David Duval's shaved Maltese sprang through the front doorway like a hyperprotective caddy.
"Bogey! No! Down!" said Duval.
Bogey? Not something more auspicious, like Eagle or Ace?
"Got and named while I was away," he said dryly, with a hint of a smile. Sleeping out back by the swing set and the vegetable garden and a practice green of synthetic turf was Oakley, a portly golden retriever named after the company whose sunglasses Duval still wears, even though his endorsement deal expired four years ago.
It was a busy midweek morning at the Duval family's sprawling stone-and-glass house in Cherry Hills Village, an affluent community south of downtown Denver. Duval's stepkids, Deano, Nick, and Shalene, and his nearly five-year-old son, Brady, were out of the house, but his wife, Susie, was arranging flowers in the kitchen. Their two-year-old daughter, Sienna, was helping the nanny whip up a batch of cookies.
"I don't understand why I'm considered such a tortured soul," Duval said as we sat down in his book-lined study. He was friendly, but not unguarded. Along one wall were five golf bags and a cluster of trophies displayed so unostentatiously that it was a good hour before I realized golf's hallowed Claret Jug was among them.
However puzzling to Duval himself, the tortured-soul motif is a staple of stories about him for a number of reasons, notably the childhood trauma that golf helped him forget. But the motif also reflects preconceptions people have about how a man ought to feel after falling from the pinnacle of his profession.
It's hard to think of an elite athlete in any sport who has tumbled as far as David Duval. For most of the past decade, he has been wandering in the wilderness, beating the bushes of the PGA Tour for the form he once had, or not playing at all. He has been plagued by a series of injuries to his back, his neck, his wrist. The early phase of his golf-course troubles coincided with romantic straits when a longtime engagement fell apart. For several months he took an antidepressant. At the Ford Championship in 2003, he was diagnosed with positional vertigo.
All the while, fans and writers posed the same question over and over again: "What's wrong with David Duval?" At one low point, he said to Gio Valiante, a sports psychologist whom Duval once hired for advice and coaching, "I just wish I could be anonymous again."
His woes began, he said, when a sprained fifth lumbar vertebra threw his back out in early 2000. His swing got out of whack as he tried to compensate for the injury. The great fairway splitter would stand on the tee not knowing whether his ball was going left or right. He consulted swing gurus, who suggested he change his stance or modify what's known in golf as his "strong" grip. He watched old videotapes of himself made by his coach at Georgia Tech. Sometimes his back was so tight he could do nothing but lie down on the floor. His Tour peers, who used to fear his game, looked at him with pity. When the gauntlet of the golf course was too frustrating, he escaped on his snowboard in Sun Valley, where he has a second home.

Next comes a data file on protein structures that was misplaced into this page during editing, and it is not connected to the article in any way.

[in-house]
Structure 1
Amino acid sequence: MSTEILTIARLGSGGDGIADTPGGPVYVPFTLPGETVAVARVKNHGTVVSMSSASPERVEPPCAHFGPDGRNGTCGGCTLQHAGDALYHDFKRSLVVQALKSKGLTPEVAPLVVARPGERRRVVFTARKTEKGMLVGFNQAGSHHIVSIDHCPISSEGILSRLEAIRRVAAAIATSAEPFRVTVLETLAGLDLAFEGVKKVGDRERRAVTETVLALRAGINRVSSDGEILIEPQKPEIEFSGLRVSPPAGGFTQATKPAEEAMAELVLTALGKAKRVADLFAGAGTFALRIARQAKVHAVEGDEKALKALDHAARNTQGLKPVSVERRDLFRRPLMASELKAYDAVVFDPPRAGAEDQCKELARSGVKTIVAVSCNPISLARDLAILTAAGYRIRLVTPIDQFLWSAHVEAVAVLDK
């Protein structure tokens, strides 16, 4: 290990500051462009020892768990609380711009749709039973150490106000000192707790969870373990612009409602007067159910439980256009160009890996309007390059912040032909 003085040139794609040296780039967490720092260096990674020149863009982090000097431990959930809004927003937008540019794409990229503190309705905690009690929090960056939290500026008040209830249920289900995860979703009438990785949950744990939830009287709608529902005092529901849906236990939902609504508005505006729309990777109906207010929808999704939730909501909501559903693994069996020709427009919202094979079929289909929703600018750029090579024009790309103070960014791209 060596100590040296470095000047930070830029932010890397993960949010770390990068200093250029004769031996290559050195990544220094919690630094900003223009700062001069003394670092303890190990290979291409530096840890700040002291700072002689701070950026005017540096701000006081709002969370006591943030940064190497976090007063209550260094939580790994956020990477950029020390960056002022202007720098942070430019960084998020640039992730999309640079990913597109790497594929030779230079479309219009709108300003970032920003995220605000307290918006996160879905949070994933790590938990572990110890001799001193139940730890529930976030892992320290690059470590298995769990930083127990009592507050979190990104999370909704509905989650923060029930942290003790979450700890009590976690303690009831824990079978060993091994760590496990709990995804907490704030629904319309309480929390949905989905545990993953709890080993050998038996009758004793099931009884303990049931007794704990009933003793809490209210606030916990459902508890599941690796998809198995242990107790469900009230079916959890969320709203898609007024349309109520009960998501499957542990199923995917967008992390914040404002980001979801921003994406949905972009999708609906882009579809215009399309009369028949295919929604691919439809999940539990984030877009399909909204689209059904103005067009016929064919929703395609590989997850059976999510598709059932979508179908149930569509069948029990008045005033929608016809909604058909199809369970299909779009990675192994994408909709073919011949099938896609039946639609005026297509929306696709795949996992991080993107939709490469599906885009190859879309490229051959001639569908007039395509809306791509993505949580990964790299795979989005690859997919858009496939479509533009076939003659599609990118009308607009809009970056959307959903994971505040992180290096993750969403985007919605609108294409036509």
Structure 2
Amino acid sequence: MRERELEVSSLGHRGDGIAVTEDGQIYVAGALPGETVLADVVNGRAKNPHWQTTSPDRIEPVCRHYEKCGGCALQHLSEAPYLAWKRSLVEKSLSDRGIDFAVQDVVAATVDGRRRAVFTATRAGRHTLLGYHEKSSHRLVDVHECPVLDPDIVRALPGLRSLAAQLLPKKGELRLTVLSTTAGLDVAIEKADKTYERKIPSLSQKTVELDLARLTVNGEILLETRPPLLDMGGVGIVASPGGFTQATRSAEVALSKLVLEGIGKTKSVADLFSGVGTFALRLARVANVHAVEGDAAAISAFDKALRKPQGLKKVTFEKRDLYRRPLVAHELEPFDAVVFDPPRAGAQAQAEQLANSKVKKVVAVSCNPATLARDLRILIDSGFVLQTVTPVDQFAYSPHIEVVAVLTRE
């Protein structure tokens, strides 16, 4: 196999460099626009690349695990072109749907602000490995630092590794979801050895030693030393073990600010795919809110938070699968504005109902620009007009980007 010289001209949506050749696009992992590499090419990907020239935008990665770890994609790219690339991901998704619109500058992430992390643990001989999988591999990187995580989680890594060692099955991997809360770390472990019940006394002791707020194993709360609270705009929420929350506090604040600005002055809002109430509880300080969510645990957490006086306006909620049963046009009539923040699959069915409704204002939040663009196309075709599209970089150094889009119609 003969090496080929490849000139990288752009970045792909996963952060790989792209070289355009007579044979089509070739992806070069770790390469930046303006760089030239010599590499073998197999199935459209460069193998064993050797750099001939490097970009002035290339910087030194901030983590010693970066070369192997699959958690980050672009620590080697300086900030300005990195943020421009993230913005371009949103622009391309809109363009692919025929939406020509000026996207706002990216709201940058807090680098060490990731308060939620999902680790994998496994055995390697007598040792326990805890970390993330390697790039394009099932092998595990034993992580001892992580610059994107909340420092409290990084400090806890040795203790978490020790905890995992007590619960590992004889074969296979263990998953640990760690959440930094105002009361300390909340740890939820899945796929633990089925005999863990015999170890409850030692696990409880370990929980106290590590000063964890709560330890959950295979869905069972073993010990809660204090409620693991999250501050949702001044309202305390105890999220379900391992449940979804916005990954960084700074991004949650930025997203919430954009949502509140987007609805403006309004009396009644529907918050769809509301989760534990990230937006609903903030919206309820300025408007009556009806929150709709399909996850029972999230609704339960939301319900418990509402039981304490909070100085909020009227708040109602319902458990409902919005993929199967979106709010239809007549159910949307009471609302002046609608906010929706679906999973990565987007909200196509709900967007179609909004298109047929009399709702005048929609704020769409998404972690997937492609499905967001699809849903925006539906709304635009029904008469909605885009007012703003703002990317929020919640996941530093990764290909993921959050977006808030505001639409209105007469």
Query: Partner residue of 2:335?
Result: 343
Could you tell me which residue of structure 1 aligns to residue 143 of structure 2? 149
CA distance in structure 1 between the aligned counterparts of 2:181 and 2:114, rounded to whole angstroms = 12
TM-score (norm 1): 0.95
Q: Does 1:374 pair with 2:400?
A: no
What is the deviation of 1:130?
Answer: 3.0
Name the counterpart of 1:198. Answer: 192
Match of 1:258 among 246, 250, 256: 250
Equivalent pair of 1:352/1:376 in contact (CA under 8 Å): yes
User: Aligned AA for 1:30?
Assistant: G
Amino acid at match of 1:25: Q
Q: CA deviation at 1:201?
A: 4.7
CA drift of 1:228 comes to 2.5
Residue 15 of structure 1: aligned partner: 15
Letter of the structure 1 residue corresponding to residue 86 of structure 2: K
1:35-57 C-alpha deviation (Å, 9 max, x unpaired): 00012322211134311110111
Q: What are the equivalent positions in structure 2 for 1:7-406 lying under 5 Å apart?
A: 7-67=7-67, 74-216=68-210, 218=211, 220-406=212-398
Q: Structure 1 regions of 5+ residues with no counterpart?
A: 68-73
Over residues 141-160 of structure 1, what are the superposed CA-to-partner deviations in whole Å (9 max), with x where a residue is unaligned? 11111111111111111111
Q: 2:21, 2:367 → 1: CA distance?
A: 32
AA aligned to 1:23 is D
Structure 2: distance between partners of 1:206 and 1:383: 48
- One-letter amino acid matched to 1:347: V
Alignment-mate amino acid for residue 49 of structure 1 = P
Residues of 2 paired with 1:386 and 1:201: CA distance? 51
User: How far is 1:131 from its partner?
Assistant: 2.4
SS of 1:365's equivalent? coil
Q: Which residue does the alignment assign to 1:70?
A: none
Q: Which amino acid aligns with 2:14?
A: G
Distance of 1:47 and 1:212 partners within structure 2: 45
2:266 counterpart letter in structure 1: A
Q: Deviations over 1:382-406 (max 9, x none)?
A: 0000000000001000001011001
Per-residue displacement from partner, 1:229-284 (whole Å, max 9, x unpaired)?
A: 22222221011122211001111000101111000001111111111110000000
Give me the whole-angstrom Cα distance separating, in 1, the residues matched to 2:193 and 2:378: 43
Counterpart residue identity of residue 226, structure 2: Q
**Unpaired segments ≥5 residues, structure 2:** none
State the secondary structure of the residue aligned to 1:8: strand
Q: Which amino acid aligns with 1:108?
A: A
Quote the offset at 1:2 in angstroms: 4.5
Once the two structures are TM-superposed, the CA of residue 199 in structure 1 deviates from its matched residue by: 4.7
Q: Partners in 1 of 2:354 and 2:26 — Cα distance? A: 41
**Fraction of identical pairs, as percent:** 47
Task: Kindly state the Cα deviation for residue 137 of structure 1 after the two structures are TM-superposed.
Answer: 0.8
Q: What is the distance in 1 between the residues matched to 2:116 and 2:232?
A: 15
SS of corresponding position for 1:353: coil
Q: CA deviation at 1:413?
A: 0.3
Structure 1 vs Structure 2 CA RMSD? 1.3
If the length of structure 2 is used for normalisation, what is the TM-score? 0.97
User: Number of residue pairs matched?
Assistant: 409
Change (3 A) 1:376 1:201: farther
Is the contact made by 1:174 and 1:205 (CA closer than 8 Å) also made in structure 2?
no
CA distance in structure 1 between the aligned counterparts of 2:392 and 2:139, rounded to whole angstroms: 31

Valiante recalled a moment that seemed like the nadir of Duval's decade. It was a Saturday in May during the 2003 Memorial tournament in Dublin, Ohio. Duval played well enough Thursday and Friday to make the cut, and he was in the middle of a good round when cold rain halted play. Tournament officials did not call the players back to the clubhouse, and Duval stood out on the course for 46 minutes while his back tightened up. When play resumed at noon, he double-bogeyed and shot himself out of contention with a six-over-par 78. To Valiante the sight of him standing out in the rain said it all: David couldn't catch a break. It was as if the universe were bent on making him miserable.
By 2004 Duval had fallen to 434 in the world rankings. Of the 20 tournaments he entered in 2005, he made the cut in one, earning all of $7,630. He was winless in 2006; winless in 2007, playing on a medical exemption; and winless in 2008 and 2009, playing on the last of his lifetime earnings exemptions. This year, lacking a Tour card, he has been relying on the kindness of sponsors to get into fields.
"It gave me a lot of anger initially," he told me, speaking of his injuries and his struggles with the game. "I felt like I got cheated. I could always feel a golf shot in my hands – it's an innate thing – and I could feel it going away. It's easy for me, looking back, to recognize what was happening, but I didn't see it at the time."
Maybe even more significant than physical issues or love trouble was a kind of spiritual disenchantment. The game that Duval had played with a therapeutic ferocity since he was 12 years old began to lose its meaning. Where he had expected elation and fulfillment after winning his first major at the Open Championship in 2001, he instead found an empty, isolated feeling and the sense that his victory was almost fraudulent.
"When you work so hard," he recalled, "and have had so many near misses and then win, and you didn't play that well, it's like, 'Are you kidding? Are you really gonna do this to me?' It's not like I played bad, but of the tournaments I won, that's the one I played the worst in."
At his crowning moment, it dawned on him that golf was just a game. And, of course, only someone for whom golf was more than a game could be disillusioned to discover otherwise.